At flower shows, ideas are the main crop Horticulture: The point of the imaginative exhibits is to get people to rethink what a garden is.

January 04, 1998|By Marty Ross | Marty Ross,UNIVERSAL PRESS SYNDICATE

Flower shows are the garden world's three-ring circuses. Fearless professionals juggle plants and anything else they can think of to prove that gardening can be whatever anyone wants it to be.

Every year, hundreds of thousands of gardening enthusiasts jam the aisles at flower shows across the continent. Vast exhibition spaces are transformed into impossible horticultural juxtapositions: instant gardens in which every imaginable flower blooms, the grass never needs mowing, the garden furniture is always freshly painted and it is perpetually spring -- but without the mud.

"All of this has nothing to do with horticulture," says Michael Petrie, whose designs for the annual exhibit of J. Franklin Styer Nurseries have won Best in Show, the top award at the Philadelphia Flower Show, which is visited by nearly 300,000 people in the course of one week every winter.

"You have to realize that what we're doing is not real; it's theater," Petrie says. "That's why we call it a show."

Petrie's day-to-day job is garden-shop manager for Styer's in Concordia, Pa. The nursery also employs landscape architects, experts in the real world of customers' back yards. Petrie's specialty is showmanship, and his goal as he designs the nursery's annual flower-show exhibit is to encourage greater interest in gardening.

"So many people are intimidated by gardening," he says. "I want people to expand their ideas, to loosen up and let go."

Flower show gardens are put together almost overnight with the help of bulldozers, forklifts and dump trucks. They don't grow; they're manufactured of mulch, muscle, pallets of sod, tons of bricks and flagstones, millions of trees, shrubs, flowers and amazing garden ornaments from all over the world.

Before the doors open, the raw materials are transformed into fantastic garden scenes: a Fijian temple rises from the soft, mossy floor of a dense fern garden; a quiet English pub, with a real thatched roof, basks in its cottage garden; waterfalls materialize, splashing over enormous boulders; Jack's beanstalk shoots up toward the rafters.

In 1997, Petrie's show garden combined gigantic black towers of old tires and recycled car parts with new varieties of roses, rhododendrons, hollies, hostas, junipers and boxwoods. "We want to shake up complacency and have people rethink what a garden is," Petrie says. "Even though you may not go home and LTC do these things, the idea is that you may be able to do something in your yard that may spark creativity."

About 60 major garden shows are held in the United States and Canada every year, beginning in early February. This year, the Philadelphia Flower Show, the largest and oldest in the United States, is scheduled for March 1-8; the New England Flower Show takes place March 7-15 in Boston; the Northwest Flower & Garden Show will be Feb. 4-8 in Seattle.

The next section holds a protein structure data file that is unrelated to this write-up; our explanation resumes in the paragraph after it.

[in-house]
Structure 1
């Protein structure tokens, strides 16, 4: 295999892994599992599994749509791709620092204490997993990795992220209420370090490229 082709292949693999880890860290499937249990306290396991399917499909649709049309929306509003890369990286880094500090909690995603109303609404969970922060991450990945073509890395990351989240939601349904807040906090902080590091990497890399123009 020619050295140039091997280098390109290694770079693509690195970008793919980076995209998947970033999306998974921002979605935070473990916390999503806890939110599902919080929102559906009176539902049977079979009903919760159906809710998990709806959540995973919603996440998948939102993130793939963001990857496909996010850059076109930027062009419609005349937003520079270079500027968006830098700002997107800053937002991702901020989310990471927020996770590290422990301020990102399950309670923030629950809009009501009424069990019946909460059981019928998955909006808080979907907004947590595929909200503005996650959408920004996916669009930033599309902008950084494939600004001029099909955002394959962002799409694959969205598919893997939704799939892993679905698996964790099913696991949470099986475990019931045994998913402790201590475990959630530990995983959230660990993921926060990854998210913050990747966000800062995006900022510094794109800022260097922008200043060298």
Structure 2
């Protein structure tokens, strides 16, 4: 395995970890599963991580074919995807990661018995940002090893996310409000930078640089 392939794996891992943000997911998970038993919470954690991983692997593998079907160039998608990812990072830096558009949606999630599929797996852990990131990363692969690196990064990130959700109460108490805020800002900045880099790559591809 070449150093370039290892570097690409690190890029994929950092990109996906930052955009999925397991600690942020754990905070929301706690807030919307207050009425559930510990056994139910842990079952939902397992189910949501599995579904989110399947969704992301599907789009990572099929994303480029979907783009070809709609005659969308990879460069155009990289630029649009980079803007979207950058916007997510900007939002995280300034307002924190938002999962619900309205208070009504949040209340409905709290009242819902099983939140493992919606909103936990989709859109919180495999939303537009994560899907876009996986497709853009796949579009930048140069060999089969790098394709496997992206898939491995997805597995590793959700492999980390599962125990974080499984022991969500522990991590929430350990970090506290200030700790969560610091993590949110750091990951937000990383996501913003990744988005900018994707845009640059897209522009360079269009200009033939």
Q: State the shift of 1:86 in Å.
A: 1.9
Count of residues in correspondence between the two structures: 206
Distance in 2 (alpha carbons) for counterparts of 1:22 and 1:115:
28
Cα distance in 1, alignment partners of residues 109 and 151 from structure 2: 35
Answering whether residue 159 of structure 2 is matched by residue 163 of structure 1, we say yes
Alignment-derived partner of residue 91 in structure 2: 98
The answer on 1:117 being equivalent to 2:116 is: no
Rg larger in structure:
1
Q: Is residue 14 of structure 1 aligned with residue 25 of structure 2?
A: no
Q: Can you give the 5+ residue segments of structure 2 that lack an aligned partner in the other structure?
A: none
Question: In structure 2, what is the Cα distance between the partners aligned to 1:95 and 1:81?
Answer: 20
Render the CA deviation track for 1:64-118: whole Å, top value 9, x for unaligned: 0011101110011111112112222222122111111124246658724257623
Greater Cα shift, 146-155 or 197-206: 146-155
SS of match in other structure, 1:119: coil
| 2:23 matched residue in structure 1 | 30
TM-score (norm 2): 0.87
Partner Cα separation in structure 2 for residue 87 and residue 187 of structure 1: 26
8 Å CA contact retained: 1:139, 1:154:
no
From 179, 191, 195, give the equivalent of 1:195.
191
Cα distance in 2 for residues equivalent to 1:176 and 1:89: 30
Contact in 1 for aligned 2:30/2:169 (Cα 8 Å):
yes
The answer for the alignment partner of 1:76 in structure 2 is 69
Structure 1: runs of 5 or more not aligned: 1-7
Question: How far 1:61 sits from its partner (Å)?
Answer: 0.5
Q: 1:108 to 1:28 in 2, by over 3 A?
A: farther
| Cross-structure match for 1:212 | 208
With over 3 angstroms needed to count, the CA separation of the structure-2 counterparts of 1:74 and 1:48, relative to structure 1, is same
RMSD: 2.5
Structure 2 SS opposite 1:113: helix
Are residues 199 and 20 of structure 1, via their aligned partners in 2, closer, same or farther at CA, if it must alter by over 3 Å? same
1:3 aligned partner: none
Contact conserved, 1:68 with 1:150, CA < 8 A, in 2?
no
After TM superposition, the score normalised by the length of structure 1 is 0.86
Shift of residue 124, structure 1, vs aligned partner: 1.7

Horticultural societies in England, the Netherlands, Belgium, France, Denmark, Italy, Australia and New Zealand also have major flower shows. The Chelsea Flower Show, perhaps the world's premier gardening event, is held every May on the grounds of the Royal Hospital, Chelsea, in London. Tickets to the show are always sold out well in advance.

The things we attempt in our own yards are usually not as daring, elaborate or intense as in flower-show gardens, but every astounding display garden has its roots in basic garden design. Designers are nearly always on hand to answer questions about plants and techniques. New materials, new products and new technology also are very much a part of the displays, along with plants introduced to the public for the first time at the show. You'll come away from these shows with tons of brochures.

Garden shows from Miami to Vancouver vary enormously in their themes and moods, but at every show you'll meet a great number of knowledgeable local garden professionals, all of them glad to discuss their bold interpretations of garden style.

Flower shows are worlds unto themselves, with restaurants, bank machines and enormous marketplaces where vendors sell a little bit of everything: rustic furniture, wind chimes, plants, pots, T-shirts, pergolas, cut flowers, books, garden antiques. To get the most out of a flower show, wear comfortable shoes, take plenty of notes and above all, relax and let these artists play on your imagination.

Show time

"The Garden Tourist," a guidebook to garden shows and other events in North America, can be ordered from the publisher. Call 212-874-6211. For more information about 1998 flower shows, contact:

* Pennsylvania Horticultural Society; 215-988-8899.

* Massachusetts Horticultural Society; 617-536-9280.

* Northwest Flower & Garden Show; 800-229-6311.

Pub Date: 1/04/98

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